Given Orange County’s history, it’s no surprise that all candidates for the three County Commissioner openings, but one, are Democrats. Out of the three available seats, Districts 1, 2 and the Commissioner-at-Large, the only vacancy with an actual race is that between Republican Greg Andrews and Democrat Earl McKee for District 2. The two remaining seats will go to unopposed Democrats, Barry Jacobs and Alice Gordon. As of April 2010, the county was reporting 34,911 voters registered in District 2 with only 9,431 designated as Republicans. This means that if every Republican who was registered in April votes for Mr. Andrews, he’ll only have 27% of the vote—hardly a majority. You might remember that in 2008, Republican Kevin Wolff threw his hat into the ring for a Commissioner’s seat and got 30.52% of the votes. It’s hardly worth noting that in a state where only 31% of registered voters are Republican, there are only 7 Republicans listed on the whole 2010 ballot.
Greg Andrews has a tough race ahead of him, not only because of the minority of Republicans in his district but also because voter enthusiasm is waning in North Carolina. While the rest of the country appears to be gearing up for a Republican win in 2010, those feelings are not manifest in North Carolina. In July, Public Policy Polling found that while 66% of Republicans nationwide were ‘very excited’ about voting, in North Carolina that number was closer to 56%. Public Policy Polling attributes these decreased numbers to Richard Burr’s low approval ratings within the Republican Party. The good news for Burr, Andrews and other Republican candidates is that Independents are leaning more towards the Right than the Left.
It’s unclear how Andrews and others like him will gain support from Independents within their districts. At a recent UNC-Chapel Hill College Republicans meeting, Andrews spoke out about the need to decrease taxes and increase the appeal for businesses to move into Orange County. Records obtained from the Orange County Economic Development Commission support Andrews’ claims. According to the Commissions Five-Year Plan the County’s tax base is primarily composed of residential property. Another challenge noted in the report is an abundance of government workers- 2 out of every 5 workers (44.7% of all jobs are in the government sector). In a recent interview Andrews stated that a key point of his platform calls for decreasing government intervention. He went on to explain how he had been approached by an Orange County citizen, who wanted to know what he would do about a real estate development the citizen did not like. Andrews said that he told the man he would not do anything about it. “If you legally have the right to do something, it’s your right. The county should not have so much control over what you do on your property that you’ve bought and paid for and pay taxes on.”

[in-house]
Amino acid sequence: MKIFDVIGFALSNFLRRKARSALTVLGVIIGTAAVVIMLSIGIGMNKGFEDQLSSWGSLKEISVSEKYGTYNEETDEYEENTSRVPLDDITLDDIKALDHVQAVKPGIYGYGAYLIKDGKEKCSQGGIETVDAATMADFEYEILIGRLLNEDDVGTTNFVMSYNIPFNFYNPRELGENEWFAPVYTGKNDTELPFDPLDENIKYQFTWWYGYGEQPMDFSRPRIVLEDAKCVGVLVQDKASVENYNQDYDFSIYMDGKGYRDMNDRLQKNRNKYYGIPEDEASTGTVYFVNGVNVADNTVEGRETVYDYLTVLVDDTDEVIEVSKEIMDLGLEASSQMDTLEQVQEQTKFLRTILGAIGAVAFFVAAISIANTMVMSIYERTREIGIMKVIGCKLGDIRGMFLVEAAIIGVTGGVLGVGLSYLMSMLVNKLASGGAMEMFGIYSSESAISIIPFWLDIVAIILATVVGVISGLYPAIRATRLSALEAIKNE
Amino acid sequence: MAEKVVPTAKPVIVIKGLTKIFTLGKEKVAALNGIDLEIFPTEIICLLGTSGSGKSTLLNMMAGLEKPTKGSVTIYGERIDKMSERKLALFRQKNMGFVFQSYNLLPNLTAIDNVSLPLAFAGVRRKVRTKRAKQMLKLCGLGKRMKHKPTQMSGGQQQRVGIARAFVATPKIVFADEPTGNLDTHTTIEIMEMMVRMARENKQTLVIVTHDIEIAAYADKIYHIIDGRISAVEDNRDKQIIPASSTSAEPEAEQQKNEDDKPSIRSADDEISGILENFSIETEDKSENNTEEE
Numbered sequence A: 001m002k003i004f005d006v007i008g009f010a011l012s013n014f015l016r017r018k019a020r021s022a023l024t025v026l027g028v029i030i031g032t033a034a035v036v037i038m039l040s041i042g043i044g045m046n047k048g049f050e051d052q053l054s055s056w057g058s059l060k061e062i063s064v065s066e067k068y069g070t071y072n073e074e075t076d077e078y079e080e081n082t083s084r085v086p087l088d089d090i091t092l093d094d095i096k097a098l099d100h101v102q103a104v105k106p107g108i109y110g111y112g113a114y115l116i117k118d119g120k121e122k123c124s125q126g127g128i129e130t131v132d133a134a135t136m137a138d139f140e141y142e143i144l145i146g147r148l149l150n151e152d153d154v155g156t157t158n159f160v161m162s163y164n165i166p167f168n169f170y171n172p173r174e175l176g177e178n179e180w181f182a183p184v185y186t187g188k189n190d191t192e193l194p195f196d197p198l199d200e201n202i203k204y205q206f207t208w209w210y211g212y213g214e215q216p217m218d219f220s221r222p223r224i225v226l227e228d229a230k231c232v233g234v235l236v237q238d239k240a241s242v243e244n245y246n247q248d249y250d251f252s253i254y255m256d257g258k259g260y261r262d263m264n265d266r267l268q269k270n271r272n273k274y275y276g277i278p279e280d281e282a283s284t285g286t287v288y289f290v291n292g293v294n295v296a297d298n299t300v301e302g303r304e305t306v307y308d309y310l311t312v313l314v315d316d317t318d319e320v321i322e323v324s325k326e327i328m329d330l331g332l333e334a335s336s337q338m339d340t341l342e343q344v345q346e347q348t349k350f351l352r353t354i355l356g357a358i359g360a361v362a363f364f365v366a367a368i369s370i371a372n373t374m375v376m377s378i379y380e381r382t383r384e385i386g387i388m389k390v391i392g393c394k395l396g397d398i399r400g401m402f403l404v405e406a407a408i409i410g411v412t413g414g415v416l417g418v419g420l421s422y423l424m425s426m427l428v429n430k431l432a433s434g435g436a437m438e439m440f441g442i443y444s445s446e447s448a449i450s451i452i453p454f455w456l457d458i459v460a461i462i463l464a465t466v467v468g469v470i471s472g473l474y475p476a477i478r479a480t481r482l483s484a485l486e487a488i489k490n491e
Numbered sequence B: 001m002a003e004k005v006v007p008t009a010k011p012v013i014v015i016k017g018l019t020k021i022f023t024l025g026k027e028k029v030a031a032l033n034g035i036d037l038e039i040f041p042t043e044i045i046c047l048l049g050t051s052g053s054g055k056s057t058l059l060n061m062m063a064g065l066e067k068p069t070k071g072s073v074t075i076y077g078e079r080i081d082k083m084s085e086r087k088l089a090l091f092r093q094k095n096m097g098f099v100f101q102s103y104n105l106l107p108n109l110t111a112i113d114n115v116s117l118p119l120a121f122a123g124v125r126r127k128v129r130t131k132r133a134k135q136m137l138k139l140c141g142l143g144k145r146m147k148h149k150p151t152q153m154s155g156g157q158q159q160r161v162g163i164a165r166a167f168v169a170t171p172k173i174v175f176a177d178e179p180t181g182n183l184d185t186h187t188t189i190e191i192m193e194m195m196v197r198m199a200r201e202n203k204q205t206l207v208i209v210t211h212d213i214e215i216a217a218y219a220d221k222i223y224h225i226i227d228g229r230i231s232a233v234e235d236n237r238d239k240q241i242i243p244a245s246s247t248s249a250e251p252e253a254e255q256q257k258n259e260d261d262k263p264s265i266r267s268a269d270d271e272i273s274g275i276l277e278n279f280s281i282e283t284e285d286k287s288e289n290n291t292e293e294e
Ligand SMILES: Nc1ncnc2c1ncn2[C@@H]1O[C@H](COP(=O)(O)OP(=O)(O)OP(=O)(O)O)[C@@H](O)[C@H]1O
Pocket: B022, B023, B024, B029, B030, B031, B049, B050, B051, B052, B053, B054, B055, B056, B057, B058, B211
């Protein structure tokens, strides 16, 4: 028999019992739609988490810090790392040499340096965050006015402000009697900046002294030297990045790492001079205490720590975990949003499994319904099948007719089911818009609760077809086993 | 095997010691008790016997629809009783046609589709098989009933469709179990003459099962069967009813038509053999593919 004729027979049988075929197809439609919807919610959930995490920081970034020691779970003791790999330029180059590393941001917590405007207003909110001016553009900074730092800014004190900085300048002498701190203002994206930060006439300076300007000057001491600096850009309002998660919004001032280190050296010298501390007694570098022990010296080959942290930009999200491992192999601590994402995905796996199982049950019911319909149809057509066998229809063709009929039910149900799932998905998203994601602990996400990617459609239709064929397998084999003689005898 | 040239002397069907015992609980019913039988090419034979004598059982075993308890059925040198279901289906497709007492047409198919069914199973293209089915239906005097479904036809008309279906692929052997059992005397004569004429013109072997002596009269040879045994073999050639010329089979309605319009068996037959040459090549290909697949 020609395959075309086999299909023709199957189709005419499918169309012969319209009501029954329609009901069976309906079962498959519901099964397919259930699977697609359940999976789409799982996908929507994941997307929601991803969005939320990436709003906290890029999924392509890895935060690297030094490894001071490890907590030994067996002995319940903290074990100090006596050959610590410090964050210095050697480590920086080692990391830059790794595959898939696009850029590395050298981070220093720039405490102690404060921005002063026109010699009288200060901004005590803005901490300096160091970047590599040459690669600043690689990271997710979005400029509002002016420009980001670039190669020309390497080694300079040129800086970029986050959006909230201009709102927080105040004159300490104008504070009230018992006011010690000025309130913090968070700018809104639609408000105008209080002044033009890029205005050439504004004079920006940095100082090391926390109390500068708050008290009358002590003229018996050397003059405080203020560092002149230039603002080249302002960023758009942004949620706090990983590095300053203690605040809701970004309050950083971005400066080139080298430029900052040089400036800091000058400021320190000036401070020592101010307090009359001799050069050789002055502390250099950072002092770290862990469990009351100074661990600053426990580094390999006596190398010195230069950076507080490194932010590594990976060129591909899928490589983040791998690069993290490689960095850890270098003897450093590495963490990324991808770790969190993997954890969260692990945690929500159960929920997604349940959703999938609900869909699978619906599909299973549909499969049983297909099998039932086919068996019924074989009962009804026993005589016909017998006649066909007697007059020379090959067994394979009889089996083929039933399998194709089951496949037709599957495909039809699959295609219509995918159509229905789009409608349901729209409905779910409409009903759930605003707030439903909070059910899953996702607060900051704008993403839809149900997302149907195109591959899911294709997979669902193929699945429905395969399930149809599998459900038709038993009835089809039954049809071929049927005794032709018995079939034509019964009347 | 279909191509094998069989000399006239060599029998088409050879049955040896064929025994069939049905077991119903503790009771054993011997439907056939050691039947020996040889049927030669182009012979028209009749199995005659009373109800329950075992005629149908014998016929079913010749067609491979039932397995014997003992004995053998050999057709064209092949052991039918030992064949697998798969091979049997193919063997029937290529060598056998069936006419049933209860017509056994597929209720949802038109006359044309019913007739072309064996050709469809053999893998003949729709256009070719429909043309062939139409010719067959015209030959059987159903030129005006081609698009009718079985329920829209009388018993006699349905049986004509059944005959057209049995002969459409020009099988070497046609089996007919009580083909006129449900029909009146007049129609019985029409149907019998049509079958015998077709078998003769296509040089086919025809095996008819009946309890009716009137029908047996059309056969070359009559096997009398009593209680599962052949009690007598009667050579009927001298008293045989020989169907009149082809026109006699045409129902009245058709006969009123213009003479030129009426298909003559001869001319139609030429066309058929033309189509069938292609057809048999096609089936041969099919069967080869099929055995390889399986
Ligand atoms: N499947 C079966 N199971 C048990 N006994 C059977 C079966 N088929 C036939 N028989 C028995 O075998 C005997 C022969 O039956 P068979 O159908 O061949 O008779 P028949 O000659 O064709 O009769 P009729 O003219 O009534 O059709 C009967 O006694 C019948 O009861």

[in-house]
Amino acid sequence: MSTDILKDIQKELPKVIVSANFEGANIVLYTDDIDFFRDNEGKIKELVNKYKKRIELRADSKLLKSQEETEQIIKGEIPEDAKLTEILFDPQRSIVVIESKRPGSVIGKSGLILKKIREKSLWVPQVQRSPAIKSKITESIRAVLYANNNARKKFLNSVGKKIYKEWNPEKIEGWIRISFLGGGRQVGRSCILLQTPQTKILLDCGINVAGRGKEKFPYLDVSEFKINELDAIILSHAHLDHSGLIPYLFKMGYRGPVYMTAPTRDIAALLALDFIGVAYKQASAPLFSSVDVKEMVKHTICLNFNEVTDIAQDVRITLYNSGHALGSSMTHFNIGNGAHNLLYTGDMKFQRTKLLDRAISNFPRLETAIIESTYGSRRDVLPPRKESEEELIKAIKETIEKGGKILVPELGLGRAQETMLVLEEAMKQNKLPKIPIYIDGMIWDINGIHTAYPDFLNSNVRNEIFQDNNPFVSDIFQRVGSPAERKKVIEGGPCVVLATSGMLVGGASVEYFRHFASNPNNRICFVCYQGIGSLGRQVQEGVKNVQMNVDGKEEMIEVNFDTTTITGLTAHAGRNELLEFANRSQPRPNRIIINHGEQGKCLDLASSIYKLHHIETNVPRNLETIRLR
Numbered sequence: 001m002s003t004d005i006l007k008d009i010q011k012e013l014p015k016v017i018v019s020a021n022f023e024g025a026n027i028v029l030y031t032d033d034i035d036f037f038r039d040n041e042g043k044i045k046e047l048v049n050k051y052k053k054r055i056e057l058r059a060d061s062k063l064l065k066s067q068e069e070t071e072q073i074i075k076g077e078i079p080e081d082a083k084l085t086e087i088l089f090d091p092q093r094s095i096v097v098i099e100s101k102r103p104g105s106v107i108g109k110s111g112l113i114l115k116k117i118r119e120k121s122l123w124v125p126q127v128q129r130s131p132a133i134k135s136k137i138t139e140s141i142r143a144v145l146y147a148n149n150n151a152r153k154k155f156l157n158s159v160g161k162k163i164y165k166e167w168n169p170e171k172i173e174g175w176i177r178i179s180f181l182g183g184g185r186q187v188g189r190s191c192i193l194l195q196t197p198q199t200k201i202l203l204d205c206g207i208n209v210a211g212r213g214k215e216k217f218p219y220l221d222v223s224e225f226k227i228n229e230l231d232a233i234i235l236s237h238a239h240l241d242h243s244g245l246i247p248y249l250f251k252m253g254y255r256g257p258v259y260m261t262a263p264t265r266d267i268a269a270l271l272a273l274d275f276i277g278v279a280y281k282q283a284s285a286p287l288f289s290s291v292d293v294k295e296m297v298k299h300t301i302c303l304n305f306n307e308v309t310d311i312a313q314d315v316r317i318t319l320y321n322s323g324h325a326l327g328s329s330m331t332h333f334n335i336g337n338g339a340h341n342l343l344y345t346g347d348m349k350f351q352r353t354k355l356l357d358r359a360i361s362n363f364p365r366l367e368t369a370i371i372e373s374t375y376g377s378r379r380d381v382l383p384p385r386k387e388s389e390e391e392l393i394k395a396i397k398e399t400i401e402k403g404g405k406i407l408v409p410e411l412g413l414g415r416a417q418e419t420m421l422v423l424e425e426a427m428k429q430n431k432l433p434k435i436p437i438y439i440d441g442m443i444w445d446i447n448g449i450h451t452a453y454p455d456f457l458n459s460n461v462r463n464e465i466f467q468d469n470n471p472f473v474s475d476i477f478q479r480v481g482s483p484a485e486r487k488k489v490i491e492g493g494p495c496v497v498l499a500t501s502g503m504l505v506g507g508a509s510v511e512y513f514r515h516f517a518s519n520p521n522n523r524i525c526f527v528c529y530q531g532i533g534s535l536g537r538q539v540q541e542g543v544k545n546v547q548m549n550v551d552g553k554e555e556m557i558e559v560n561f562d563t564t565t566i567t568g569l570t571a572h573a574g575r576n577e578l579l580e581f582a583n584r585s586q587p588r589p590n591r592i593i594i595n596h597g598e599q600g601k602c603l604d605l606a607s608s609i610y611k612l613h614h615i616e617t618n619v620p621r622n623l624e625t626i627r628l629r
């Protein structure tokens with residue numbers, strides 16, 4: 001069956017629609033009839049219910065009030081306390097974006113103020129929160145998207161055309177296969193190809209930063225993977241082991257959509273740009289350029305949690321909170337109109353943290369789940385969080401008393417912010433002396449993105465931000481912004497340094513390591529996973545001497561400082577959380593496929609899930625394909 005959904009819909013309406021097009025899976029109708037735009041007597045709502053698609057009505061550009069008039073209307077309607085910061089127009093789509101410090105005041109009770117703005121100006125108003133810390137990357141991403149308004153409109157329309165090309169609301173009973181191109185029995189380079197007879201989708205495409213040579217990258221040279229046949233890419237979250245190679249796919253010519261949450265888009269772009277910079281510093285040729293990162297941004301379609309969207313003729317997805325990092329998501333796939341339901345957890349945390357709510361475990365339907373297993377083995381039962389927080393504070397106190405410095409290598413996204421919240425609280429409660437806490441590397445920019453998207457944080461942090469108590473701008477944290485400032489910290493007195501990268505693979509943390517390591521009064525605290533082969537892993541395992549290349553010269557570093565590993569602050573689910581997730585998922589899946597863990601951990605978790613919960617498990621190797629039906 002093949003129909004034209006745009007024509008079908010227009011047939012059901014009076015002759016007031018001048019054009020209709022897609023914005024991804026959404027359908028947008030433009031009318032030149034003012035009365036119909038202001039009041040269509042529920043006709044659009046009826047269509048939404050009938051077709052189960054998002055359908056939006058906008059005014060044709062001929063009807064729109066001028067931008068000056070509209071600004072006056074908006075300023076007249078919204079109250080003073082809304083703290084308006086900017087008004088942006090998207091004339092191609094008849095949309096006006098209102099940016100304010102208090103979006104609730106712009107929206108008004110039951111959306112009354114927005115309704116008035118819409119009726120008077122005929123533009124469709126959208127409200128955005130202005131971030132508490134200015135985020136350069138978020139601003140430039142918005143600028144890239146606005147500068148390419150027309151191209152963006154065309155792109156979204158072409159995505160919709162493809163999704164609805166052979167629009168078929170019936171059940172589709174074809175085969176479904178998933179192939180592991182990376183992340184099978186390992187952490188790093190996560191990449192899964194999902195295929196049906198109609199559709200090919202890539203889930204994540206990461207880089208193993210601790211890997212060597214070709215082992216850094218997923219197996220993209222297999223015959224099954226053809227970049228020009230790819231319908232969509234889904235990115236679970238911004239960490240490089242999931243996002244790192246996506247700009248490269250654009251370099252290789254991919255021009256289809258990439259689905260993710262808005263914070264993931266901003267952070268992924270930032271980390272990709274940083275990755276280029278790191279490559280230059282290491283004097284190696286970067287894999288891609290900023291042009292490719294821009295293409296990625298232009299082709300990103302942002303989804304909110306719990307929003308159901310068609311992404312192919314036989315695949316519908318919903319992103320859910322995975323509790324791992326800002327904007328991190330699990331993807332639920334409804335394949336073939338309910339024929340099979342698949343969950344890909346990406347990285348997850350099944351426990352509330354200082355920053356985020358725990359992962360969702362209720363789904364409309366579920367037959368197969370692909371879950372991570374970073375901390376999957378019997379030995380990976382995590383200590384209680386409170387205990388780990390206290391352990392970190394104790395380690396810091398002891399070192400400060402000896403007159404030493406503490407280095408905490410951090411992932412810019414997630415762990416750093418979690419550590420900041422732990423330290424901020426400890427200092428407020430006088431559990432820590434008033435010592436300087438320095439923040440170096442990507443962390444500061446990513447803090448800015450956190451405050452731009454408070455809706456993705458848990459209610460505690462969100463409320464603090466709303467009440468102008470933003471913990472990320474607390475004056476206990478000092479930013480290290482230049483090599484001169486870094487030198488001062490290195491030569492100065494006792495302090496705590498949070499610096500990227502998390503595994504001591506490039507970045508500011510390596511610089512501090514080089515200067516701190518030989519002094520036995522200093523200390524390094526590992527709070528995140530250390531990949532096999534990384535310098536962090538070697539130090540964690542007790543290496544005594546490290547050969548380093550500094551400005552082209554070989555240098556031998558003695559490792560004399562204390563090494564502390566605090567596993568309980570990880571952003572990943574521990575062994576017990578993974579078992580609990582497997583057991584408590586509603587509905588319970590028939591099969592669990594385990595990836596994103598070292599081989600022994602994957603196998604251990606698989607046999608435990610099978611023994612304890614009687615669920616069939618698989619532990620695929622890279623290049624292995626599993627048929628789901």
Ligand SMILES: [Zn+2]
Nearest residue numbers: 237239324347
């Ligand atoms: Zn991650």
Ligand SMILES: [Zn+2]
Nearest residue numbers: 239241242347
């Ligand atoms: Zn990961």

Andrews may try to sway independent voters and even Democrats with his focus on budget issues. Recall that in June the County Board of Commissioners decided to include on this year’s ballot a referendum to increase the sales tax to 8%. It is important to note that Orange County residents pay the fifth highest property taxes in North Carolina at $.8580 for each $100 of value.
Democratic Candidate Earl McKee is also running on a platform focused on taxes. In April, at the Northern Orange Black Voters Alliance candidate forum, McKee indicated he wanted to lower the tax burden from residential properties by attracting new business. He suggested this be done by providing infrastructural support to businesses. McKee also stated that he favored incentive packages for new businesses. The message sent out from both candidates is similar.
To win the election Andrews will need to do differentiate his platform from that of his opponent and get his name out there. Andrews points to his years in the community and his business, THC Construction, Inc., which is a green builder. He also stated that he’s standing for who he is. “I was born a Republican,” states Andrews, “I didn’t want to change just to get elected.” Still, Andrews acknowledges that as far back as anyone has been able to find in records, there hasn’t been a Republican County Commissioner. If Andrews gets his way that will change in just a few weeks.